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  • 11/10/2011 17:49 | AAC Admin (Administrator)

    Sponsored by 


    Arizona Archaeological and Historical Society

    and

    Arizona Archaeological Council


    The Arizona Archaeological and Historical Society and Arizona Archaeological Council are pleased to announce the thirteenth annual Julian D. Hayden Student Paper Competition, named in honor of long-time southwestern scholar, Julian Dodge Hayden. The winning entry will receive a cash prize of $750, a two-year membership in AAC,  and publication of the paper in Kiva, the Journal of Southwestern Anthropology and History. 


    Papers should be no more than 8,000 words, including figures, tables, and references, and should conform to Kiva format. Subject matter may include the anthropology, archaeology, history, linguistics, and ethnology of the American Southwest and northern Mexico, or any other topic appropriate for publication in Kiva.


    Deadline for receipt of submissions is January 16, 2012. Send four copies of the paper and proof of student status to: Julian D. Hayden Student Paper Competition, AAHS, Arizona State Museum, University of Arizona, Tucson, AZ 85721-0026.


    For more information, contact Ron Towner (mailto:rht@email.arizona.edu). Also, visit the webpage http://www.statemuseum.arizona.edu/aahs/hayden_comp.shtml.

  • 11/04/2011 17:48 | AAC Admin (Administrator)

    The Journal of Arizona Archaeology is proud to announce the distribution of its second issue! Guest editors Douglas B. Craig and Todd W. Bostwick have provided our journal's readers with another excellent set of scholarly papers on Hohokam archaeology.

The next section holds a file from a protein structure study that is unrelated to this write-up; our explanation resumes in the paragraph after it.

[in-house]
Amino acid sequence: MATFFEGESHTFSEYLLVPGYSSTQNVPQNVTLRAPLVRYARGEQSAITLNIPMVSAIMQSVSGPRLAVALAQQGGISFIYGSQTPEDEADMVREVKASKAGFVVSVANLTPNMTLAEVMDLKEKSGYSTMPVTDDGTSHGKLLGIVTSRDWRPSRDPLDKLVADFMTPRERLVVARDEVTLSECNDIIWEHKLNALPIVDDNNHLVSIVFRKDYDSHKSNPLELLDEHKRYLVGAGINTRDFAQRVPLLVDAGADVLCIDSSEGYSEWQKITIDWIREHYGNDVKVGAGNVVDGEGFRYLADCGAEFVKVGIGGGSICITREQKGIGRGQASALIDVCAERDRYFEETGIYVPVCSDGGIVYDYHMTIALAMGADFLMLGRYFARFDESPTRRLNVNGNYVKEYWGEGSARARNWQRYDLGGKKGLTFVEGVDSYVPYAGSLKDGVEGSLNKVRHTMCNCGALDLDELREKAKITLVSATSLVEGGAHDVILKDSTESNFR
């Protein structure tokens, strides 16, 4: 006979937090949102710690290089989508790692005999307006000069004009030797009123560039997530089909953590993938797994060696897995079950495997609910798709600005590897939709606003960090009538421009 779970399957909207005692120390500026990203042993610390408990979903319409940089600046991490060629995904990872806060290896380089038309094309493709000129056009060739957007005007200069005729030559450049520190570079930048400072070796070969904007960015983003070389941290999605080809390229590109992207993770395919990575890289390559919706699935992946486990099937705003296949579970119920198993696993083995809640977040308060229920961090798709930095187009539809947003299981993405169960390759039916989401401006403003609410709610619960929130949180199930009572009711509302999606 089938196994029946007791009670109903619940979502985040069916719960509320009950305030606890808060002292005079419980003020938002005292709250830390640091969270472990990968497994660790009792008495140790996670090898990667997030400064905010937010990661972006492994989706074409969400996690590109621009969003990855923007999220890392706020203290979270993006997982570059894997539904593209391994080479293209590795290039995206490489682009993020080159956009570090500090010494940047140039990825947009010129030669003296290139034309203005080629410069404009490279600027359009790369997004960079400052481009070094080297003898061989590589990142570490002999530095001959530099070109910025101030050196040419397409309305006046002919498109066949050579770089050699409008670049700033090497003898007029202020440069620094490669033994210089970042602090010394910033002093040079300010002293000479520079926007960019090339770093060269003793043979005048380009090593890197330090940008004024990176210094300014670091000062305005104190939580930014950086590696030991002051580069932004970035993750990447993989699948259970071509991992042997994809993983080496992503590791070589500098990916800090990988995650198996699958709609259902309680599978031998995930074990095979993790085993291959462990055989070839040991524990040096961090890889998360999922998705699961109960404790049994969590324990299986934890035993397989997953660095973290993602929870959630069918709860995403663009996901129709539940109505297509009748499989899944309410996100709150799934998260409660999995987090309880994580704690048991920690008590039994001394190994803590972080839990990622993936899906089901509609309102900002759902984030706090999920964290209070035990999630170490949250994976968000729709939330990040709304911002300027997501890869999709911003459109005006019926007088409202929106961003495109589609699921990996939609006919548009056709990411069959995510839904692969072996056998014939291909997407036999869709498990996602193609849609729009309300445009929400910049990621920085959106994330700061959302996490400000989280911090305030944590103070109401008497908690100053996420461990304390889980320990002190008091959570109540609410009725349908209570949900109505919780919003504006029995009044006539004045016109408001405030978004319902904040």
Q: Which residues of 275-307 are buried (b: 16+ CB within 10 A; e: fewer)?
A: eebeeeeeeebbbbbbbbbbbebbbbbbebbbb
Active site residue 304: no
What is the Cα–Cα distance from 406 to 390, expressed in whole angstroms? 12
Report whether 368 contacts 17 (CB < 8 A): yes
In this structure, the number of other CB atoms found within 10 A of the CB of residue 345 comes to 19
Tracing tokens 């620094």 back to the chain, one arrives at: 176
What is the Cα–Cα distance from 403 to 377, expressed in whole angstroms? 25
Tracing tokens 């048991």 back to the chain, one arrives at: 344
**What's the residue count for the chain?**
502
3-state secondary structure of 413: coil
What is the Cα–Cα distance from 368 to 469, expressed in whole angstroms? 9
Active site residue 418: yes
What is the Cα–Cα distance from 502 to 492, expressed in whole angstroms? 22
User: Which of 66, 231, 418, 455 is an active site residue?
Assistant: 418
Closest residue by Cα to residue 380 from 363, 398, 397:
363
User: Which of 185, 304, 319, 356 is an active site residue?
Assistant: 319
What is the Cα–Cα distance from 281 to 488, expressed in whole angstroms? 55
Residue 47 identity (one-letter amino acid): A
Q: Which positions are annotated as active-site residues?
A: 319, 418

Volume 1, Issue No. 2 presents a second group of papers from the 2008 AAC Fall Conference "Advances in Hohokam Archaeology." The issue covers a wide range of topics that reflects the diversity of contemporary archaeological research conducted in the Phoenix and Tucson Basins. The papers consider agricultural labor and production, the organization of pottery production, long-distance resource procurement, storied landscapes and places of the Phoenix Basin, and the occupation and use of cerros de trincheras in southern Arizona.

    We hope you enjoy your second issue of the Journal of Arizona Archaeology. The JAzArch team looks forward to providing AAC members with many future issues on Arizona's archaeological record. Share your new issue with your colleagues and tell them about the AAC!

    -- M. Scott Thompson, General Editor


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